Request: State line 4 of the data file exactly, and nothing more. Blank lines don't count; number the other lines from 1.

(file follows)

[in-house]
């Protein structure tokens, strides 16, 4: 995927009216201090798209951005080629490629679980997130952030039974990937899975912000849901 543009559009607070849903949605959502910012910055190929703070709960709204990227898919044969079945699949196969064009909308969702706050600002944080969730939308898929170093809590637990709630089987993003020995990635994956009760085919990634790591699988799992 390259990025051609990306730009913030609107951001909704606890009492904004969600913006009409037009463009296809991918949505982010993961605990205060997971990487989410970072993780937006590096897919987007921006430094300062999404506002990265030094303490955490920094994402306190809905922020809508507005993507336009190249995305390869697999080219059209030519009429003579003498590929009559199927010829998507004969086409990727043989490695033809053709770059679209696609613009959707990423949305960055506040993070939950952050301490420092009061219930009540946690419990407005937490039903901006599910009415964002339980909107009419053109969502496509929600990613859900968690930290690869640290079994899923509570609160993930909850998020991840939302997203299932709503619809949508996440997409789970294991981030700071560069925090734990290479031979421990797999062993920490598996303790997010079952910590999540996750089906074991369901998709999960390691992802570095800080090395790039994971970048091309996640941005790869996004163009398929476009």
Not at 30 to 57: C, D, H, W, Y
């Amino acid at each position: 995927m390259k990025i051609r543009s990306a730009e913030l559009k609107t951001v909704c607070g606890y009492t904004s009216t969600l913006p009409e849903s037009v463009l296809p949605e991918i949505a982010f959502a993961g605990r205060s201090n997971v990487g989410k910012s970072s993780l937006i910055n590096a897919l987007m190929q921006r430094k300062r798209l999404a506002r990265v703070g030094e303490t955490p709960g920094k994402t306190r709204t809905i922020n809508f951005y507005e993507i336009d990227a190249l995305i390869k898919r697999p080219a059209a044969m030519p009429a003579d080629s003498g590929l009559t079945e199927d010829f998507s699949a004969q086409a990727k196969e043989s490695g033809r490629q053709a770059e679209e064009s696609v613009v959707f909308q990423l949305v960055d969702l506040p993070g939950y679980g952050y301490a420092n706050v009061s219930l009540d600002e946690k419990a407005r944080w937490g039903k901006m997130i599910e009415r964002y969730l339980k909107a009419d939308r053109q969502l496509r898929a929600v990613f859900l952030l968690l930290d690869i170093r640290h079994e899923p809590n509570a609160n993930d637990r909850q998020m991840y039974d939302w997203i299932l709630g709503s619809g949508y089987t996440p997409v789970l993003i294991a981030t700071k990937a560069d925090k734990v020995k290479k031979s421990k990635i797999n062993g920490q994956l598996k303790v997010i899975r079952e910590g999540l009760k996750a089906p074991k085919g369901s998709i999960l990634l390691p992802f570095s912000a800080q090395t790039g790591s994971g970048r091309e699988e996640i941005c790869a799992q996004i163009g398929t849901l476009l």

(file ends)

């Amino acid at each position: 995927m390259k990025i051609r543009s990306a730009e913030l559009k609107t951001v909704c607070g606890y009492t904004s009216t969600l913006p009409e849903s037009v463009l296809p949605e991918i949505a982010f959502a993961g605990r205060s201090n997971v990487g989410k910012s970072s993780l937006i910055n590096a897919l987007m190929q921006r430094k300062r798209l999404a506002r990265v703070g030094e303490t955490p709960g920094k994402t306190r709204t809905i922020n809508f951005y507005e993507i336009d990227a190249l995305i390869k898919r697999p080219a059209a044969m030519p009429a003579d080629s003498g590929l009559t079945e199927d010829f998507s699949a004969q086409a990727k196969e043989s490695g033809r490629q053709a770059e679209e064009s696609v613009v959707f909308q990423l949305v960055d969702l506040p993070g939950y679980g952050y301490a420092n706050v009061s219930l009540d600002e946690k419990a407005r944080w937490g039903k901006m997130i599910e009415r964002y969730l339980k909107a009419d939308r053109q969502l496509r898929a929600v990613f859900l952030l968690l930290d690869i170093r640290h079994e899923p809590n509570a609160n993930d637990r909850q998020m991840y039974d939302w997203i299932l709630g709503s619809g949508y089987t996440p997409v789970l993003i294991a981030t700071k990937a560069d925090k734990v020995k290479k031979s421990k990635i797999n062993g920490q994956l598996k303790v997010i899975r079952e910590g999540l009760k996750a089906p074991k085919g369901s998709i999960l990634l390691p992802f570095s912000a800080q090395t790039g790591s994971g970048r091309e699988e996640i941005c790869a799992q996004i163009g398929t849901l476009l």